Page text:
The reverse lunge is all about acceleration and power generation. Compared to a regular lunge where you have to decelerate your body going forward, stop, and then push back up, the reverse lunge has a smooth "set-up phase" and a powerful push/drag action back to the starting position. This makes it a perfect weapon for power athletes who experience either low back or knee problems during regular squats.

By controlling the angle of the shinbone, or more precisely, limiting the forward knee movement, you make it easier on your knees. That said, you can allow more forward knee movement if you want to focus more on the quads.

From the bottom, power-generation phase, combine a push with the quads and a pull from the glutes and hamstrings. It's a common mistake to overly rely on the quads for creating the movement. If you want to limit the stress on the knee, you have to really use your hips as well.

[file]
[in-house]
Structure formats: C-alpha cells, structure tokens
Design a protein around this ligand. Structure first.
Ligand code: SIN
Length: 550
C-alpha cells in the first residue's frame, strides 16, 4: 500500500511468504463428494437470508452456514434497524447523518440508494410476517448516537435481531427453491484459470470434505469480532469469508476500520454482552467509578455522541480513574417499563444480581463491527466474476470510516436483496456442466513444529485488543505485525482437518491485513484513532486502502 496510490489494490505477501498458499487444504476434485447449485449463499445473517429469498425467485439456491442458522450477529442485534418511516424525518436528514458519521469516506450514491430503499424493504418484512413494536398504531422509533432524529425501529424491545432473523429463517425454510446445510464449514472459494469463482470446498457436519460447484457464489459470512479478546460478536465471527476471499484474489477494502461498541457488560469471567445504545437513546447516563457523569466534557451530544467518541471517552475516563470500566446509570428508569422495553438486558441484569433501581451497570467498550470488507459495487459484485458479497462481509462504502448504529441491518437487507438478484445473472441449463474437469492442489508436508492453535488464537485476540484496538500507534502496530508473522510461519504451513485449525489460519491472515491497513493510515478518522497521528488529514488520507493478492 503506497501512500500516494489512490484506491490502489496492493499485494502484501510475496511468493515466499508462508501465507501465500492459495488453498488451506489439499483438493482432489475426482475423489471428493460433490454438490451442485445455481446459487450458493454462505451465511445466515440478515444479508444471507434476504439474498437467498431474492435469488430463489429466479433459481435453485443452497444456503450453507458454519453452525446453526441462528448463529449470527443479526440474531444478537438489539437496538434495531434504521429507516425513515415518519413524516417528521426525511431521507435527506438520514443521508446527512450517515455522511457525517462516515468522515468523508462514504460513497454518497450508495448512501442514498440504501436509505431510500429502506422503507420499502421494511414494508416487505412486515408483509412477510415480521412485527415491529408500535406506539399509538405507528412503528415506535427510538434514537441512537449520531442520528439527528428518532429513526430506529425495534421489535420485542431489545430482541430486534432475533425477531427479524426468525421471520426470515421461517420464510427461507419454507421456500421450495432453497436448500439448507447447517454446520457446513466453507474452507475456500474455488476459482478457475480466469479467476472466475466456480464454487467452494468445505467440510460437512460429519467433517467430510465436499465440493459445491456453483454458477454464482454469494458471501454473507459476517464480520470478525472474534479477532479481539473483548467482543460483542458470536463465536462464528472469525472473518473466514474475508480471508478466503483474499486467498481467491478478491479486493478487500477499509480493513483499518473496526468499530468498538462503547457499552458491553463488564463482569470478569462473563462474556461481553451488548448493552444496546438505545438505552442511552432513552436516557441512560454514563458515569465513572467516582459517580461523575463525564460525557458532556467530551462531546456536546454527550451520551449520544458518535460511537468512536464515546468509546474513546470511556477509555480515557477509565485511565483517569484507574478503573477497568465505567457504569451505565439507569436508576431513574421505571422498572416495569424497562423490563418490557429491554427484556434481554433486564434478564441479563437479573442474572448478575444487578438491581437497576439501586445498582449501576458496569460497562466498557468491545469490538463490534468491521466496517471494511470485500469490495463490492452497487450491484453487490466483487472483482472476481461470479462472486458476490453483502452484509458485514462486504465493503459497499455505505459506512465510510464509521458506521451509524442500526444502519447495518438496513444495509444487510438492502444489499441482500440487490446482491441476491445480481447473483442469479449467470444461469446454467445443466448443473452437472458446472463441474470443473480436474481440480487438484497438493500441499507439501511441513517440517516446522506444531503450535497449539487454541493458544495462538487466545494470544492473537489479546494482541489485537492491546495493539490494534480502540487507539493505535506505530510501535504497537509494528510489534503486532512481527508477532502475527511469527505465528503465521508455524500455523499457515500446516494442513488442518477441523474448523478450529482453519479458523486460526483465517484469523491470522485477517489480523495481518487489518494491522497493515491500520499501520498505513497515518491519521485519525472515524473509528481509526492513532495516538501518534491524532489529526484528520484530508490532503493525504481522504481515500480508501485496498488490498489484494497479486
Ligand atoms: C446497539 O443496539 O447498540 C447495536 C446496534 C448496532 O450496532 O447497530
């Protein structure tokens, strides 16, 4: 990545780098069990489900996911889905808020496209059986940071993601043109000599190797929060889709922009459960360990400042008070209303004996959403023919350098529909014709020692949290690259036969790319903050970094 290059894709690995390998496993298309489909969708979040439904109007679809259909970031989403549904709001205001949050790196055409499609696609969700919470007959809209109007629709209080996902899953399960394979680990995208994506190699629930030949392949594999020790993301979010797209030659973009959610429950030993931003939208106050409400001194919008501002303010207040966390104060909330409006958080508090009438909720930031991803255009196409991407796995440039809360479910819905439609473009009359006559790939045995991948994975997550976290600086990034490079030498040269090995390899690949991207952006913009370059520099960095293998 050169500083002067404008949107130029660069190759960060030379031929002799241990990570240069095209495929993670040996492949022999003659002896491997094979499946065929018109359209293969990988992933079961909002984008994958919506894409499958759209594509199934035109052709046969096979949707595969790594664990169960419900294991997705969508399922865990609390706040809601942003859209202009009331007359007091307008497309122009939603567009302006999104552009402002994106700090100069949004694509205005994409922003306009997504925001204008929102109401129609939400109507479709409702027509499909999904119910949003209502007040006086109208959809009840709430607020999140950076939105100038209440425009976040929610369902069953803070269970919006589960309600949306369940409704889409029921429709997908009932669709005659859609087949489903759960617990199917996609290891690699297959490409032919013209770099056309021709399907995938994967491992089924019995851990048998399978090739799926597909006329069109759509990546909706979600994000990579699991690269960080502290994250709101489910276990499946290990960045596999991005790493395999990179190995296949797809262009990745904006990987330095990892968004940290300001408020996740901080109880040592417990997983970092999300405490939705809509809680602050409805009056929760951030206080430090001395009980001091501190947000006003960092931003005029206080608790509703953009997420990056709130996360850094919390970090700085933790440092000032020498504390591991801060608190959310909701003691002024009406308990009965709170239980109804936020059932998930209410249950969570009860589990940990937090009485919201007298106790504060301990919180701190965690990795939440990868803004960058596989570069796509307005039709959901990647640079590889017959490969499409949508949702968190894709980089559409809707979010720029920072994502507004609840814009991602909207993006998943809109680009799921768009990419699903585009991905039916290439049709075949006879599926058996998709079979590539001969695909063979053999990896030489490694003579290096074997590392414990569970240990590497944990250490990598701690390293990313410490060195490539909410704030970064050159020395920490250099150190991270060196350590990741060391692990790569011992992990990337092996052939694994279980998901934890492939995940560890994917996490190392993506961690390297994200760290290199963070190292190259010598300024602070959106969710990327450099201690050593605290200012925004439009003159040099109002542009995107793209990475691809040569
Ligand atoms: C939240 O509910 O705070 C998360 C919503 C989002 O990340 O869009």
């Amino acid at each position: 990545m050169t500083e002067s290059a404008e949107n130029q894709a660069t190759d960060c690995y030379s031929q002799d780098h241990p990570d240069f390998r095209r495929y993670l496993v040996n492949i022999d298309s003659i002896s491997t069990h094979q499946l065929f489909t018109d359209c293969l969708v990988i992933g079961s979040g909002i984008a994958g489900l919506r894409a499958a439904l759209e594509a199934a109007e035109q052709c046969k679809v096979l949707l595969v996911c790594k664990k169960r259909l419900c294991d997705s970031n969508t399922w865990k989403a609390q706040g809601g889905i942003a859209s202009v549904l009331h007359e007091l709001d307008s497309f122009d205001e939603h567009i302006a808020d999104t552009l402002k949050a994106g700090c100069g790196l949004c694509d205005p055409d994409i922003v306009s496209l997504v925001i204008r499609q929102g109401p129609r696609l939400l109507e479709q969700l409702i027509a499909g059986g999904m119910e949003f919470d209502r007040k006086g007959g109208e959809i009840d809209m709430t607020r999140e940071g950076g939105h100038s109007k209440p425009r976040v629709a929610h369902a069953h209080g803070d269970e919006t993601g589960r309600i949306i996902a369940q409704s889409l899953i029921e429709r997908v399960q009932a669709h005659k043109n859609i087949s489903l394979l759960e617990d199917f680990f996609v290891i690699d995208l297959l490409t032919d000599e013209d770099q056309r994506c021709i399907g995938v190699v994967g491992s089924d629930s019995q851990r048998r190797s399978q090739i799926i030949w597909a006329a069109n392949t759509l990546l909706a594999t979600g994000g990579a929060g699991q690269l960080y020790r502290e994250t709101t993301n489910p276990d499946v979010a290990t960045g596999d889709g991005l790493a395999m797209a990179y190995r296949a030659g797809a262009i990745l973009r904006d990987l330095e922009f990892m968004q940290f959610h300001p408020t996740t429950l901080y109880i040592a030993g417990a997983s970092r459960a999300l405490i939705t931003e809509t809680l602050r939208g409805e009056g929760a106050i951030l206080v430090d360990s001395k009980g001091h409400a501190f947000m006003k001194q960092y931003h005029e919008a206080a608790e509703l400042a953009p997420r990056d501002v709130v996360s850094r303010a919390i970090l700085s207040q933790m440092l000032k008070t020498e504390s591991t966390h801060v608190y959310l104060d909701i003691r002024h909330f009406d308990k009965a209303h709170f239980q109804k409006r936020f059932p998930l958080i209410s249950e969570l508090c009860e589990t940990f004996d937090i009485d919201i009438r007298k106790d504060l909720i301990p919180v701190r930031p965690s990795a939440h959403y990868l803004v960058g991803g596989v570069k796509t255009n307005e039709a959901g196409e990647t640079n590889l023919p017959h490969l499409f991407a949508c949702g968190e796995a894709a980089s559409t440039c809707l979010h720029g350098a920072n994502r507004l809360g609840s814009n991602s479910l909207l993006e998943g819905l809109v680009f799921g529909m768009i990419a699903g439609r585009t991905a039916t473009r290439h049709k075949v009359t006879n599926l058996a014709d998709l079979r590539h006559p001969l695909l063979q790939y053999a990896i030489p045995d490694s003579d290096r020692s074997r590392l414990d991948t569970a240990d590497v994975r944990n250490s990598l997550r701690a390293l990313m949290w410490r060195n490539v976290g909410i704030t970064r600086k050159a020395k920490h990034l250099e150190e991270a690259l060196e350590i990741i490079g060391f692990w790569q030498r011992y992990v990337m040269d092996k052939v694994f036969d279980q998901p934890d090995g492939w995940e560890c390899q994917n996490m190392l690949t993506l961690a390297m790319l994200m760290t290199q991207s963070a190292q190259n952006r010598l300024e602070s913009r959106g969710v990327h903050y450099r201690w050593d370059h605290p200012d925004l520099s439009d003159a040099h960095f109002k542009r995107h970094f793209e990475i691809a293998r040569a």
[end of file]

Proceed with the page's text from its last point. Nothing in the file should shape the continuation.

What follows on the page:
In the video you'll see two different positions of the dumbbells. The rack position load is similar to a front squat and will activate the upper back and core to a greater degree. The hands-down position reduces some of the upper body focus and is a bit easier to perform for most people.

Technical Focal Points

  • Take a long stride backwards (what feels like too long of a stride is often optimal).
  • Limit the forward knee movement of the front leg.
  • Focus on a combined push and pull action up to the start position and finish strong with the core and glutes engaged.

Related:  5 Alternatives to a Painful Squat

Related:  Lunges – You're Doing Them Wrong